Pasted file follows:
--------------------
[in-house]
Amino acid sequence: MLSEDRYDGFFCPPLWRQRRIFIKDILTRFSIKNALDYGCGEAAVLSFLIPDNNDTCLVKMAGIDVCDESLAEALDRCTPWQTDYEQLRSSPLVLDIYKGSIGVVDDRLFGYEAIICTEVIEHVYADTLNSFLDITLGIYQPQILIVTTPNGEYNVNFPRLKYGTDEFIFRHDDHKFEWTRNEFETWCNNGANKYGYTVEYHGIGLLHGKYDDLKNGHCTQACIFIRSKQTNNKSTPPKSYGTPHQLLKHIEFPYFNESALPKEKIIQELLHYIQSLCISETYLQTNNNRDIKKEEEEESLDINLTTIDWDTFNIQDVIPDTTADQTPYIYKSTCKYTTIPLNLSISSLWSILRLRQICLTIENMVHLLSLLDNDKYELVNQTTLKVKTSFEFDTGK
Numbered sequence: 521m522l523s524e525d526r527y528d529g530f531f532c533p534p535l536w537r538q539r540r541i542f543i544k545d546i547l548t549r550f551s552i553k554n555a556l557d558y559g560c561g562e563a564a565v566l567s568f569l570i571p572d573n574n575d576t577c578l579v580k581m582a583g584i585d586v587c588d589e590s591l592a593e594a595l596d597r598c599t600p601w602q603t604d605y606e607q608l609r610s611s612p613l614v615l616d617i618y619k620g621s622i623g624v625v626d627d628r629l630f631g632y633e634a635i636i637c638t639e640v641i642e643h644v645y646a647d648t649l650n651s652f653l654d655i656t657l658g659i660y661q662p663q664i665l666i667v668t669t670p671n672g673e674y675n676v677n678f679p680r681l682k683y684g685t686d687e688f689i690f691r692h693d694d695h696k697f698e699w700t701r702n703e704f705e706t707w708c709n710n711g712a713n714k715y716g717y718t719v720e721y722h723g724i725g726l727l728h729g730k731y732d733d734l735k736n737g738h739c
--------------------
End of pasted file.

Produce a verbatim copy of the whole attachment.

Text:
[in-house]
Amino acid sequence: MLSEDRYDGFFCPPLWRQRRIFIKDILTRFSIKNALDYGCGEAAVLSFLIPDNNDTCLVKMAGIDVCDESLAEALDRCTPWQTDYEQLRSSPLVLDIYKGSIGVVDDRLFGYEAIICTEVIEHVYADTLNSFLDITLGIYQPQILIVTTPNGEYNVNFPRLKYGTDEFIFRHDDHKFEWTRNEFETWCNNGANKYGYTVEYHGIGLLHGKYDDLKNGHCTQACIFIRSKQTNNKSTPPKSYGTPHQLLKHIEFPYFNESALPKEKIIQELLHYIQSLCISETYLQTNNNRDIKKEEEEESLDINLTTIDWDTFNIQDVIPDTTADQTPYIYKSTCKYTTIPLNLSISSLWSILRLRQICLTIENMVHLLSLLDNDKYELVNQTTLKVKTSFEFDTGK
Numbered sequence: 521m522l523s524e525d526r527y528d529g530f531f532c533p534p535l536w537r538q539r540r541i542f543i544k545d546i547l548t549r550f551s552i553k554n555a556l557d558y559g560c561g562e563a564a565v566l567s568f569l570i571p572d573n574n575d576t577c578l579v580k581m582a583g584i585d586v587c588d589e590s591l592a593e594a595l596d597r598c599t600p601w602q603t604d605y606e607q608l609r610s611s612p613l614v615l616d617i618y619k620g621s622i623g624v625v626d627d628r629l630f631g632y633e634a635i636i637c638t639e640v641i642e643h644v645y646a647d648t649l650n651s652f653l654d655i656t657l658g659i660y661q662p663q664i665l666i667v668t669t670p671n672g673e674y675n676v677n678f679p680r681l682k683y684g685t686d687e688f689i690f691r692h693d694d695h696k697f698e699w700t701r702n703e704f705e706t707w708c709n710n711g712a713n714k715y716g717y718t719v720e721y722h723g724i725g726l727l728h729g730k731y732d733d734l735k736n737g738h739c